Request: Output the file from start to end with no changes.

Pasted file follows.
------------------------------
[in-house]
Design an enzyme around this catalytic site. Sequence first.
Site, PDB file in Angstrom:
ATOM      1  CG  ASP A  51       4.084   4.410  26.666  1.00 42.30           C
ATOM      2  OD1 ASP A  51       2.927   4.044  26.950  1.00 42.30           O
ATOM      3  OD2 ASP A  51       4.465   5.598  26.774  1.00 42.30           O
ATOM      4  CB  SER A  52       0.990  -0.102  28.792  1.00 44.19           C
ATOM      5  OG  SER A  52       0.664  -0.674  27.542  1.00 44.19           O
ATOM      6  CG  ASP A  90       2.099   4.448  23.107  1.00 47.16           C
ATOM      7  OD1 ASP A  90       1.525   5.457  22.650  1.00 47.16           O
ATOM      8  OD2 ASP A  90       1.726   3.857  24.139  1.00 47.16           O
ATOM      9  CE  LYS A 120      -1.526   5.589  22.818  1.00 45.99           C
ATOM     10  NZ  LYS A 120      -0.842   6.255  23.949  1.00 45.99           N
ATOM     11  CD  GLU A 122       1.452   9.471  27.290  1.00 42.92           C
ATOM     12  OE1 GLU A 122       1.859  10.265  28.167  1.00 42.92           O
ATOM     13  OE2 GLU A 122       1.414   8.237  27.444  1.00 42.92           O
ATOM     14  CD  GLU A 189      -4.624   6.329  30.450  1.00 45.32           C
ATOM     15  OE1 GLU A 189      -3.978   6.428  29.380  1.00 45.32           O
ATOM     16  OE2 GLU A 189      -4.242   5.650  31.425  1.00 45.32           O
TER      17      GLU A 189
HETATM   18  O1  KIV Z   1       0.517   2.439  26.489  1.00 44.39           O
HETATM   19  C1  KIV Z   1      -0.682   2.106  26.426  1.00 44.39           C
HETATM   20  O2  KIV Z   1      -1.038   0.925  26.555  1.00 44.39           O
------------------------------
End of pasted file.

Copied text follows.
[in-house]
Design an enzyme around this catalytic site. Sequence first.
Site, PDB file in Angstrom:
ATOM      1  CG  ASP A  51       4.084   4.410  26.666  1.00 42.30           C
ATOM      2  OD1 ASP A  51       2.927   4.044  26.950  1.00 42.30           O
ATOM      3  OD2 ASP A  51       4.465   5.598  26.774  1.00 42.30           O
ATOM      4  CB  SER A  52       0.990  -0.102  28.792  1.00 44.19           C
ATOM      5  OG  SER A  52       0.664  -0.674  27.542  1.00 44.19           O
ATOM      6  CG  ASP A  90       2.099   4.448  23.107  1.00 47.16           C
ATOM      7  OD1 ASP A  90       1.525   5.457  22.650  1.00 47.16           O
ATOM      8  OD2 ASP A  90       1.726   3.857  24.139  1.00 47.16           O
ATOM      9  CE  LYS A 120      -1.526   5.589  22.818  1.00 45.99           C
ATOM     10  NZ  LYS A 120      -0.842   6.255  23.949  1.00 45.99           N
ATOM     11  CD  GLU A 122       1.452   9.471  27.290  1.00 42.92           C
ATOM     12  OE1 GLU A 122       1.859  10.265  28.167  1.00 42.92           O
ATOM     13  OE2 GLU A 122       1.414   8.237  27.444  1.00 42.92           O
ATOM     14  CD  GLU A 189      -4.624   6.329  30.450  1.00 45.32           C
ATOM     15  OE1 GLU A 189      -3.978   6.428  29.380  1.00 45.32           O
ATOM     16  OE2 GLU A 189      -4.242   5.650  31.425  1.00 45.32           O
TER      17      GLU A 189
HETATM   18  O1  KIV Z   1       0.517   2.439  26.489  1.00 44.39           O
HETATM   19  C1  KIV Z   1      -0.682   2.106  26.426  1.00 44.39           C
HETATM   20  O2  KIV Z   1      -1.038   0.925  26.555  1.00 44.39           O